Employment Law Report

New Law Aims to End Forced Arbitration of Sexual Assault and Harassment Claims

By: Lexy G. Holland

Employees who would have previously been required to arbitrate claims of sexual assault or harassment will be able to bring those claims to court under a new bill passed by both houses of Congress. It is expected to be signed into law by President Joe Biden soon.

The Ending Forced Arbitration of Sexual Assault and Sexual Harassment Act of 2021(“the Act”) will amend the Federal Arbitration Act (“FAA”). The FAA provides that a written arbitration agreement is binding and enforceable, unless the agreement or arbitration provision is found invalid under principles of state contract law.

Under the Act, an employee alleges “conduct constituting a sexual harassment dispute or a sexual assault dispute,” or is the “named representative of a class or in a collective action alleging such conduct,” he would not be forced to arbitrate the claim pursuant to the FAA. The Act provides specific definitions for sexual assault and sexual harassment disputes. A trial court, rather than an arbitrator, would determine if a claim may be excluded under the Act.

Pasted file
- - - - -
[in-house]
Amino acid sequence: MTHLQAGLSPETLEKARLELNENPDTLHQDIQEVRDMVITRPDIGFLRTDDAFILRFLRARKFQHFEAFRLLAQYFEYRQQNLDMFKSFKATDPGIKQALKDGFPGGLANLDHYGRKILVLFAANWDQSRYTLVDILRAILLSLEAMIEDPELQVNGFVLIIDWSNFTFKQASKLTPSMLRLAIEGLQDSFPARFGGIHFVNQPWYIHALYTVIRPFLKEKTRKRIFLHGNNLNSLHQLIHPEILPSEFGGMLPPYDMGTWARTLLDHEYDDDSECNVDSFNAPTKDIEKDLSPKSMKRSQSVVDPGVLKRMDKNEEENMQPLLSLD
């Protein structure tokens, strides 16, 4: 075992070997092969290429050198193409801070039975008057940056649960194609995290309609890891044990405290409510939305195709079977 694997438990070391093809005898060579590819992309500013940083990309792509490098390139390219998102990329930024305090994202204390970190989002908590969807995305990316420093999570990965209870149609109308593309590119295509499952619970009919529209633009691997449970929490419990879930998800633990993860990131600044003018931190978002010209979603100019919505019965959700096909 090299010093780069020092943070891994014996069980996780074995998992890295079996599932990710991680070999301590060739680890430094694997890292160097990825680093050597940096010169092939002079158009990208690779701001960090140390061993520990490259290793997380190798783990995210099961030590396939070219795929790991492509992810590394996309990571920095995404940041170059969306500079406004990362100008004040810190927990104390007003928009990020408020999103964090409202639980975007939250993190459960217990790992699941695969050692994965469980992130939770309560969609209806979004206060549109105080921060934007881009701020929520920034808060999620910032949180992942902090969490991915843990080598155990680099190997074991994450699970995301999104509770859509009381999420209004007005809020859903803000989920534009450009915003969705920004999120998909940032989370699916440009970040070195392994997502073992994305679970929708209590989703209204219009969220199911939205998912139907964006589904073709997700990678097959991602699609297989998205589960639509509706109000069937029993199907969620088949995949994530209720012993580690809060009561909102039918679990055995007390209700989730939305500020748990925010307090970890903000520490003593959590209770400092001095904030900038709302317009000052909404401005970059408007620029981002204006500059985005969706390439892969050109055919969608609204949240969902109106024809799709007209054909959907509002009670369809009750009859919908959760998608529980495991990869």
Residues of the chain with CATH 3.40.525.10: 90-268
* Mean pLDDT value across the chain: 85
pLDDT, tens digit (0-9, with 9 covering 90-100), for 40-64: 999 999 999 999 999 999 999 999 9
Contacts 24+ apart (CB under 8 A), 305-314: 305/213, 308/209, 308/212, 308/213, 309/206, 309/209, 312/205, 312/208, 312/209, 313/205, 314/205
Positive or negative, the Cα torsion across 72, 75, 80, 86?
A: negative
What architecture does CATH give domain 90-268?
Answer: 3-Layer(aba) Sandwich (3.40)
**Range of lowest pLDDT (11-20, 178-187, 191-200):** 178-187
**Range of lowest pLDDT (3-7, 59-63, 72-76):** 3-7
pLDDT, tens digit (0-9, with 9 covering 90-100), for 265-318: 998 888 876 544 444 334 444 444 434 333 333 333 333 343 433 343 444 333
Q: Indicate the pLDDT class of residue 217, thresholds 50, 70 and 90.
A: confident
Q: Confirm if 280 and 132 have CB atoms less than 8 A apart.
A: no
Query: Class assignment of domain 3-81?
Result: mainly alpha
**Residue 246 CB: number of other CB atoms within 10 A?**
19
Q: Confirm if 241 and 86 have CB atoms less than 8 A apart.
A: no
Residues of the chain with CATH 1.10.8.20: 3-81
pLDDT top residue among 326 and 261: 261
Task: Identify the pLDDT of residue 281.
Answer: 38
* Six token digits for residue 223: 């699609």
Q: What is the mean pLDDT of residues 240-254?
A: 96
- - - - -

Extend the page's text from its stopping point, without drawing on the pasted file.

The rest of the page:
Employers should know that the Act is not retroactive, meaning it only applies to sexual assault and harassment claims that “arise” after it is enacted. This requirement will almost certainly be the subject of future litigation, considering the sensitive nature and timing of sexual assault and harassment allegations.

While the Act makes pre-dispute arbitration agreements invalid and unenforceable in this instance, an employer and employee may agree in writing to arbitrate the dispute after it occurs. However, the decision to arbitrate would lie solely in the hands of the employee bringing a sexual assault or harassment claim.

Also, the law does not apply to other types of claims, such as race discrimination or wage-related disputes. It is unclear now how courts and arbitration panels will deal with claims brought by employees alleging both covered and excluded allegations under the Act.

Employers may also want to consider revising arbitration agreements in light of the new law.

Lexy Gross Holland
Lexy Gross Holland is a member of the firm’s Litigation & Dispute Resolution team. She assists with the representation of a broad range of clients in a variety of cases, including appellate practice, constitutional law and commercial litigation. Lexy has experience in handling real estate, construction, equine, energy, zoning and land use matters. As a prior newspaper reporter, Lexy uses her media and communications experience to represent clients in the news industry and to advise... Read More